U2 101: How Boy and Three revealed an early and vivid portrait of the band
U2 is one of the most fascinating objects in the world of musical criticism and consensus. They are in turns wildly loved and wildly reviled, seeming in one moment to be the bridge from the world of pop to the world of the avant-garde while in the next revealed to be corruptive sell-out goblins. There is admittedly a great deal of this sentiment wrapped up not just in their music but in shall we say extracurriculars, be it the open activism of the group which has evolved over the years in ways not always pleasant or good, the revelation that the group’s LLC acts, as many large artists’ do, with cavalier and amoral movement of capital investing in anything that will raise the overall value of the brand (not to mention moving their legal position to Amsterdam to avoid taxation), to the eyerolling cliche of uploading one of their most recent albums to every single iPhone on the planet simultaneously. It would be baldly unwise and untrue to say that these actions have no value whatsoever in ascertaining the group but likewise it would be just as baldly reductive to turn a group that has been putting out records for 40 years over numerous different shapes and approaches into merely their publicly facing image.
Much like the shape of their activism, which has persisted over the course of their entire career, U2’s shape as a creative outfit has evolved and shifted over the span of the past several decades. What’s more, the group has rather miraculously remained the some foursome for their entire span, from their 1979 debut EP to the present day, something very few bands of any size do, let alone critically and commercially massive long-lived ones like this do. This solidity of identity on one front allows us to more concretely and directly engage with the shocking and fascinating shifting identity on the end of their work; no record’s shift can be attributed to a lineup change but instead solely to the shifting interests and directions of the players and their choices of collaborators, a process which accreted over time into the fascinating evolutionary genealogy of U2. In the interest of cutting closer to the core of the group, putting aside briefly their social image to focus purely on the overall body of their work, we present this project to you: an ongoing series evaluating the works of U2, album by album chronologically, both as independent objects and also as installments of the overall career-spanning project which is U2 itself, such that we might have a better understanding of a group at once so massively popular and strangely incompletely understood.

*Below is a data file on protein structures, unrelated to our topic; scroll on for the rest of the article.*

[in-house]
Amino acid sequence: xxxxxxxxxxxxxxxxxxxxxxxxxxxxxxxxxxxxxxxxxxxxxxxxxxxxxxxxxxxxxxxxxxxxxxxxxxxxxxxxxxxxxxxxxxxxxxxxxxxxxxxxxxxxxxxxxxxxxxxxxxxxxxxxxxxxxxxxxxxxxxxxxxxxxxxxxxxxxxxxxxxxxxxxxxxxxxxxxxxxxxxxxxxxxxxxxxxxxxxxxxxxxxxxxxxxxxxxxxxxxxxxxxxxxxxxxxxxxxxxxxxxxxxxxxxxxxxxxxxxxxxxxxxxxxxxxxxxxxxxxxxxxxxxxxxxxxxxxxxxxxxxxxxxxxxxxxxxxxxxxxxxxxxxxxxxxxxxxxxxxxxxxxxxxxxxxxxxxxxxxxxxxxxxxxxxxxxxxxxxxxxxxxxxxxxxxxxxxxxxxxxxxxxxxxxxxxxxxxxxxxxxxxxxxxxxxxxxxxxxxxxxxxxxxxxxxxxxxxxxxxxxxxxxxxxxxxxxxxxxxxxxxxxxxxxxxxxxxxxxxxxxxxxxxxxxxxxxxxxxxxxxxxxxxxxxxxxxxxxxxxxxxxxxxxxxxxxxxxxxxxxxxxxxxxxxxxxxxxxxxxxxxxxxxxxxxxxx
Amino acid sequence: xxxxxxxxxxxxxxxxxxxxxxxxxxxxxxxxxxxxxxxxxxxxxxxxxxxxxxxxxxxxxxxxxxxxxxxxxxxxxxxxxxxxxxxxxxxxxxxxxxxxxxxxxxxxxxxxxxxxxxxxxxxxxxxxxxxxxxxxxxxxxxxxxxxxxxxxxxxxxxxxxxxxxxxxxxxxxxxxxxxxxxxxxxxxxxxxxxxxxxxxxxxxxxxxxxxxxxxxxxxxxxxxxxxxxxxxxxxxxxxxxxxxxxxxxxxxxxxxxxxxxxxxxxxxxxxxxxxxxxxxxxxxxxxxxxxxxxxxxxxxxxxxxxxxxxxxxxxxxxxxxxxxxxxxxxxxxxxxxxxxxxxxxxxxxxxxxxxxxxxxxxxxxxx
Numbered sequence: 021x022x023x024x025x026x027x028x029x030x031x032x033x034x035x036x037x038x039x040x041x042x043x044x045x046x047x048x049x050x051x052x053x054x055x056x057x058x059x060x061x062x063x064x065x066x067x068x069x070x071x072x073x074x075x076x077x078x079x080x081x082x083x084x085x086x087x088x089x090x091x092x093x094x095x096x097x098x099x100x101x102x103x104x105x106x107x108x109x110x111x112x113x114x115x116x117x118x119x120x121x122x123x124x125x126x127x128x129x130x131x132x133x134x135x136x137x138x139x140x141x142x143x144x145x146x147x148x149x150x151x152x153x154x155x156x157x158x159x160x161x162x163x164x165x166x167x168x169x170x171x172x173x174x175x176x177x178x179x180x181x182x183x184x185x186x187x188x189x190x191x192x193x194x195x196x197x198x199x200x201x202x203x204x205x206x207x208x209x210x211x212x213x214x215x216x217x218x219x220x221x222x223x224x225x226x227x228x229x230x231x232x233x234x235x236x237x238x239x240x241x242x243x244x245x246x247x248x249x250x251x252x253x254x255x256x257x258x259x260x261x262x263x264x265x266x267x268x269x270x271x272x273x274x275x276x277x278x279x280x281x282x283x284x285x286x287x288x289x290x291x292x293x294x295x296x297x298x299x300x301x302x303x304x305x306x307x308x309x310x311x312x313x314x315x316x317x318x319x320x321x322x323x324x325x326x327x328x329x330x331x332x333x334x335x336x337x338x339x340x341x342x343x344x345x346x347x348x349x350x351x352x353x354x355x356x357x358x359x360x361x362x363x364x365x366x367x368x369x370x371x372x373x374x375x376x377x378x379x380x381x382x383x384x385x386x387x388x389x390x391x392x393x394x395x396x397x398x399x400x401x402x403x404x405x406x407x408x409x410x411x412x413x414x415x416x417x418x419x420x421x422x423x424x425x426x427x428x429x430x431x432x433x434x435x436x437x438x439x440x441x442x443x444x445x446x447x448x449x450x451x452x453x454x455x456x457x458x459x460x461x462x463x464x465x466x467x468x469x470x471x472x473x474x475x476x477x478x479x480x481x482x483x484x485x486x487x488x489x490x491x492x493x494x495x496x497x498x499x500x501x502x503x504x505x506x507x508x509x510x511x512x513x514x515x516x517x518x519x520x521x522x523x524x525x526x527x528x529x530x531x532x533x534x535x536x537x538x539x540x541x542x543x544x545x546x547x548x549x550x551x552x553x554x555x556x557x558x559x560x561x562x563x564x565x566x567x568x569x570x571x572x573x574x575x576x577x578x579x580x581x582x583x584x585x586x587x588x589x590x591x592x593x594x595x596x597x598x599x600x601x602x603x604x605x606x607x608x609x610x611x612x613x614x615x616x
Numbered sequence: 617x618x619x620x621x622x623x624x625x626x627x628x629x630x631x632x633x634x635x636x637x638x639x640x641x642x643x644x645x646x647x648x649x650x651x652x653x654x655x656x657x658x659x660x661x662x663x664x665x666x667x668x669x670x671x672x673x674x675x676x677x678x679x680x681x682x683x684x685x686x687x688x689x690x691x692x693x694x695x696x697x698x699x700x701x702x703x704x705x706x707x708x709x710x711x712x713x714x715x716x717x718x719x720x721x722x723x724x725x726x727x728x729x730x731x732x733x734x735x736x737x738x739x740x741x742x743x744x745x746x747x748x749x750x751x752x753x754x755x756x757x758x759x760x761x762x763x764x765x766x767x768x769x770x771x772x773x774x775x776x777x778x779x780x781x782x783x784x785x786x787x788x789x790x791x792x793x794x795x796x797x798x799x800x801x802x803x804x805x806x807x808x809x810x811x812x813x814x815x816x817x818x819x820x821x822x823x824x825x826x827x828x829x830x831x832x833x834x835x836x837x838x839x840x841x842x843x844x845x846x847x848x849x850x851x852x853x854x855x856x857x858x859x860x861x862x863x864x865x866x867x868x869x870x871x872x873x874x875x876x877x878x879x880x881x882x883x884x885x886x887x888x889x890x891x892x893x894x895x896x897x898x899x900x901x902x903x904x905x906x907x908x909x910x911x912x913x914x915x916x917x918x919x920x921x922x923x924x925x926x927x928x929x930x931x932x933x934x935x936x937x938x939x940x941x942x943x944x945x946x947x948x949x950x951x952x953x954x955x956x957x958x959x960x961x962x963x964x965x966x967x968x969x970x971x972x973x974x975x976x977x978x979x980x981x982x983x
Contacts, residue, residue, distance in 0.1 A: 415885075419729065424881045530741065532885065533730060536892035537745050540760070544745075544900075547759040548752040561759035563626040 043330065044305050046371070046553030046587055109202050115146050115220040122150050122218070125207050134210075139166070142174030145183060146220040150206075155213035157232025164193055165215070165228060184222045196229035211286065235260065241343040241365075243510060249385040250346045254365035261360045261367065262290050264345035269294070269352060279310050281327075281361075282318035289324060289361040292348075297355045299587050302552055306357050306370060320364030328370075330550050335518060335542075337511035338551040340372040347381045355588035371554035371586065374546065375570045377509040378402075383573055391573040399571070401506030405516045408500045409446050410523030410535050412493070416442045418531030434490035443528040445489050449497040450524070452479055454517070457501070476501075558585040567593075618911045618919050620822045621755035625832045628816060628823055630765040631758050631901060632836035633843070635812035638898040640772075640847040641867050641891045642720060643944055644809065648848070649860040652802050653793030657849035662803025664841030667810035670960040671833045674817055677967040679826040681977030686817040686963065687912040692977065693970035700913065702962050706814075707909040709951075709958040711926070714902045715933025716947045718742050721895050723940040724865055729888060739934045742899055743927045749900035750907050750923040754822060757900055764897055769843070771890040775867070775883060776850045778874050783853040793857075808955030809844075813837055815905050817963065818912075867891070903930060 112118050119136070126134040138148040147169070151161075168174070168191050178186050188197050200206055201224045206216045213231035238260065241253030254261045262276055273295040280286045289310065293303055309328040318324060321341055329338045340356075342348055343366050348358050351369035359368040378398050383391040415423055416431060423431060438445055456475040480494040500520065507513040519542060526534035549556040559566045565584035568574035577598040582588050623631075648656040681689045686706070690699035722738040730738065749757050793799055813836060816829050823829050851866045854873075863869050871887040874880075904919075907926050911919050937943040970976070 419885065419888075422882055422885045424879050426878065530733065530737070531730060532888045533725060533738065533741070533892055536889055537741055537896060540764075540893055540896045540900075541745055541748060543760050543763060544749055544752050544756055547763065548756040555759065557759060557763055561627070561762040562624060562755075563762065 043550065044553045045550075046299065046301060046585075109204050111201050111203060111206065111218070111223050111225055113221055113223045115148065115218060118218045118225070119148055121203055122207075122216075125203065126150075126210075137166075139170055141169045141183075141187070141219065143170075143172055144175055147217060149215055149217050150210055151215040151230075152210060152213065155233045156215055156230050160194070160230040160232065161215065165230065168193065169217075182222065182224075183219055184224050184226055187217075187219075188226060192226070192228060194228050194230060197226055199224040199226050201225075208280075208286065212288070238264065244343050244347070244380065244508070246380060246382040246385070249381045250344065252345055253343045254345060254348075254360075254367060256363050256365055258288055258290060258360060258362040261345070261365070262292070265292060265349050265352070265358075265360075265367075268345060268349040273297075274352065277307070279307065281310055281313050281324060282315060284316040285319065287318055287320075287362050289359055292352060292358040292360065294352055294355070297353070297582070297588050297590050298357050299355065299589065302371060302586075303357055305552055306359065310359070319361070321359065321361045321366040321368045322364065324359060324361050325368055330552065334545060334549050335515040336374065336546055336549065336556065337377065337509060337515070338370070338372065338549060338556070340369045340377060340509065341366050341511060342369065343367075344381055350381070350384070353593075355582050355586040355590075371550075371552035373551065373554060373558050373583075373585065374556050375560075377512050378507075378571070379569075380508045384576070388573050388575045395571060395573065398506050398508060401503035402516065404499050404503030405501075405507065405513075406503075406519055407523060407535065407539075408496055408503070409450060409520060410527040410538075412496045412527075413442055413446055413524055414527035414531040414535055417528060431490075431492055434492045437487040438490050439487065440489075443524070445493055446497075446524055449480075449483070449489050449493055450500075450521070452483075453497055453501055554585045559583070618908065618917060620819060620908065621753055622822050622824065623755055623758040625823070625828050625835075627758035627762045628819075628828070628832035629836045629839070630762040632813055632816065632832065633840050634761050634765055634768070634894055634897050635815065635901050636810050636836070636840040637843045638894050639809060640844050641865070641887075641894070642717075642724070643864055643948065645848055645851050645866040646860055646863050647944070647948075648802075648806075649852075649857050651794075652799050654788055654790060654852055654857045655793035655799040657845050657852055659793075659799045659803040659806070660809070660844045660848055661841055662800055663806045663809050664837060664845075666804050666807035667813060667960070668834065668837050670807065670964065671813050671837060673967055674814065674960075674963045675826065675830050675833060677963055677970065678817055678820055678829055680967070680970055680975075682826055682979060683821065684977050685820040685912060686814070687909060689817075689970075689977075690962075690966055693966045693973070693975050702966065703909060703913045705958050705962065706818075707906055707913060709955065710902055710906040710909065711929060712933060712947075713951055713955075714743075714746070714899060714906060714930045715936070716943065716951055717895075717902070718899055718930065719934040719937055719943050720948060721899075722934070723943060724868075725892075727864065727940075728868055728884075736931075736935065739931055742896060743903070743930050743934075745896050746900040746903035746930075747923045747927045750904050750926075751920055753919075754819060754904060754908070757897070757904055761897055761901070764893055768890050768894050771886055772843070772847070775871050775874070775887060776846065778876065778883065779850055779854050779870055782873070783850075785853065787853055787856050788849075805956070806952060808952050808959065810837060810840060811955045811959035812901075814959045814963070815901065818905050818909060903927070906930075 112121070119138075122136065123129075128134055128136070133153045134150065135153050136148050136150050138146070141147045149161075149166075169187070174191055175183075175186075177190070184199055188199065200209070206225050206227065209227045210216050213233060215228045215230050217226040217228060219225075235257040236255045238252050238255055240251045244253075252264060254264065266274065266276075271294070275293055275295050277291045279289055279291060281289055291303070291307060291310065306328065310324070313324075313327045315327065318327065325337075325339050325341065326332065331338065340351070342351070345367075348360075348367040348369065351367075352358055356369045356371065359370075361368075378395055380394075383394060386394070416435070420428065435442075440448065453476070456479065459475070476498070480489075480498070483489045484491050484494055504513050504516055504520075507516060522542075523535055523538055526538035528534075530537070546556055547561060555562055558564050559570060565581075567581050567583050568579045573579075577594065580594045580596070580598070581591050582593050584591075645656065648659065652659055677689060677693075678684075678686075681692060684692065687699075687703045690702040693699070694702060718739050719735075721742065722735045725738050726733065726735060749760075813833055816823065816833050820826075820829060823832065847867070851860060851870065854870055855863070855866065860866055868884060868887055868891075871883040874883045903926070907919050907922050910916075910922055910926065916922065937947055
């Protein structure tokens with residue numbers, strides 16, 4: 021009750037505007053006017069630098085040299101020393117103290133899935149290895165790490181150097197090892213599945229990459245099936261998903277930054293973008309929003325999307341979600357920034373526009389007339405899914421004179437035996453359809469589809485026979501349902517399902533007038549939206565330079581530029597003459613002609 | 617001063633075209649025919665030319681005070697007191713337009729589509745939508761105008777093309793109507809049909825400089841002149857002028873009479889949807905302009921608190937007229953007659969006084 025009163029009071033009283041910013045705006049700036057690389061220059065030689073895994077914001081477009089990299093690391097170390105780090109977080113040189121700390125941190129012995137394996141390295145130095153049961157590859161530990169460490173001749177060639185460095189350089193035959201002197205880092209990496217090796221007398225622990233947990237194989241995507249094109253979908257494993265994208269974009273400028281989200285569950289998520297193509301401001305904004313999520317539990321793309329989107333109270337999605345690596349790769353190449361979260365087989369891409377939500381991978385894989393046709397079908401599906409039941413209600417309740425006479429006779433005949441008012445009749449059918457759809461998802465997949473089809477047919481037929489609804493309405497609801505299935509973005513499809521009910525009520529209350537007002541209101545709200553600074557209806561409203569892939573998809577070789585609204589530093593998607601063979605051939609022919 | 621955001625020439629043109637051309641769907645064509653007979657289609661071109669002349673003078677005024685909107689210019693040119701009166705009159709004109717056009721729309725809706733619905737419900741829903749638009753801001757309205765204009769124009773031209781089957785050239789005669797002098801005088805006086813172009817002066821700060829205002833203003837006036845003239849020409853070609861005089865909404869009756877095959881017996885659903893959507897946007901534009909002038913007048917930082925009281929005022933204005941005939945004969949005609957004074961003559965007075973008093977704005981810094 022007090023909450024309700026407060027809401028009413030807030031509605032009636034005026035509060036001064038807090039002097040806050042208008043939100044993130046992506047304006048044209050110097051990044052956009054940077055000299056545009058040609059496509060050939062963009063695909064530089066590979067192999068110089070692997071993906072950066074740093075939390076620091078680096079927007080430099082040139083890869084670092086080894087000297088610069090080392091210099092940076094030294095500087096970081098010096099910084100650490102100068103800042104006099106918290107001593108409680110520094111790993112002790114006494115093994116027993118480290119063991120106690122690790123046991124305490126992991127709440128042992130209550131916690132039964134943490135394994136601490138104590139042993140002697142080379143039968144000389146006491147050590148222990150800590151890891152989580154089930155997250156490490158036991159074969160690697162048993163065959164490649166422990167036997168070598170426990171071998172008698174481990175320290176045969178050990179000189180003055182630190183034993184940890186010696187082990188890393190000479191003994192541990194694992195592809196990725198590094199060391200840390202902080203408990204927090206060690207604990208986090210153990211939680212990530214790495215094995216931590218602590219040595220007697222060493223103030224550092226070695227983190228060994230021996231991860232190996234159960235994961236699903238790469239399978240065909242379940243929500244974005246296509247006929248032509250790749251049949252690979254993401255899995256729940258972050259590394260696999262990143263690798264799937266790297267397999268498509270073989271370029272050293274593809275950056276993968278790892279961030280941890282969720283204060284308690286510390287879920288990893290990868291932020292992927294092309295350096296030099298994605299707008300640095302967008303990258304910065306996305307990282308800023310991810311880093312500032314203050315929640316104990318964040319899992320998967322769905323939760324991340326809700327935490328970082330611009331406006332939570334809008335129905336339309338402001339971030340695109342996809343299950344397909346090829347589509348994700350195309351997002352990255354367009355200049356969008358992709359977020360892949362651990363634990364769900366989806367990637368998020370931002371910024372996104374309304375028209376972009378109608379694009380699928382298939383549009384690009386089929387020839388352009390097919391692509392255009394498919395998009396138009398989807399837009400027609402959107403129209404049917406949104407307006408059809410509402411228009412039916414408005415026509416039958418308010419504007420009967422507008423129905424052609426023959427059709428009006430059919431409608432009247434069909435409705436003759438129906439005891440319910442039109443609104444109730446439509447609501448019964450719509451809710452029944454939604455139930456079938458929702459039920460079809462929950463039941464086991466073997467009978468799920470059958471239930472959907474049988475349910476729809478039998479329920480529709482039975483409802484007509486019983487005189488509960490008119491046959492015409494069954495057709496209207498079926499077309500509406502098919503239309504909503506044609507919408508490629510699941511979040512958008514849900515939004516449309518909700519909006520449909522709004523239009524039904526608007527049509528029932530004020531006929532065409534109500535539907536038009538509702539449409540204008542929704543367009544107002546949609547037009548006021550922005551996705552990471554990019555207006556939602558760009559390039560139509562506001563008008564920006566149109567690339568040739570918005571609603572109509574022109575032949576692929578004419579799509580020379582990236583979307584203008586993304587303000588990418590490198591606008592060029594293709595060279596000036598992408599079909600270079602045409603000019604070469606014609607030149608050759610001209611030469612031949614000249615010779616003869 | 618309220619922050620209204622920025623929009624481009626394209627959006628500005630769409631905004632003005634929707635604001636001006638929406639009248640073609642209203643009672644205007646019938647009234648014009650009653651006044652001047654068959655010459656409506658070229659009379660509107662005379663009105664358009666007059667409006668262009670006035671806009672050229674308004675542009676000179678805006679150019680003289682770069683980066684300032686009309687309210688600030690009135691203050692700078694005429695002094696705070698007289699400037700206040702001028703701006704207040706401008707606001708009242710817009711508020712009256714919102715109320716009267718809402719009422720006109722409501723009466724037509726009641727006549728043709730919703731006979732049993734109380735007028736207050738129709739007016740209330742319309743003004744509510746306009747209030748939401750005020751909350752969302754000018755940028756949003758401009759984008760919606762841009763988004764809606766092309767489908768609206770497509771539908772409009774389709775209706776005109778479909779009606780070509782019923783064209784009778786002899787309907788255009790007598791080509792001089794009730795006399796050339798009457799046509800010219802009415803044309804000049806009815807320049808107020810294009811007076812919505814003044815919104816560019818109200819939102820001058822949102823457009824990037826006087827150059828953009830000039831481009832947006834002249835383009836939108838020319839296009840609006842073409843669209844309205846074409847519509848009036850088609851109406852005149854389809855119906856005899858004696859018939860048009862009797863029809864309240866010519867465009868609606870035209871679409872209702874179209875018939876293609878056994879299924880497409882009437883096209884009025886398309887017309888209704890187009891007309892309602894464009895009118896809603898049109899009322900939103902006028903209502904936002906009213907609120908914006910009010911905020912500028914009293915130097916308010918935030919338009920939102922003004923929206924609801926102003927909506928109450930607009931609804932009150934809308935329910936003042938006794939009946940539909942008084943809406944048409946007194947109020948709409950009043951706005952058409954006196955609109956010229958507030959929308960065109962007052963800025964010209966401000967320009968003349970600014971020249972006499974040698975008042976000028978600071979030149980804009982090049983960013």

The group’s European grounding in punk is readily apparent on their debut and so far sole EP of studio material Three. The origins of the group came from the motley covers they played (or at least attempted to play), spanning from the Rolling Stones to the Beach Boys to the Sex Pistols to the Clash. These groups describe the overall shape, especially production wise, of the three songs contained in the EP, featuring a dry and stripped-down rock sound with charisma-driven amateurish vocals. It is perhaps shocking to those more familiar with the classic U2 sound just how spare and dry this is compared to the reverb-soaked arena-filling enormity of their typical sound. There was a deliberate choice with these songs to develop a sense of sonic toughness, centering the guitars and a much greater rock ‘n’ roll vibe than the band would later develop. Likewise the tenderness and sensitivity that typically marks the band is nearly entirely lacking here, with the group often instead having the rambling drive of a group like the Buzzcocks rather than the highly-coifed romantic heroes that would later inspire them. It’s a short release and the sole EP of studio material the group has released in their 40-plus year history as a group, but it offers a radical juxtaposition to their common image of their sound and approach as well as a necessary historical touchpoint for types of rock writing that would be the blueprint for each successive reboot of the band’s sonic identity.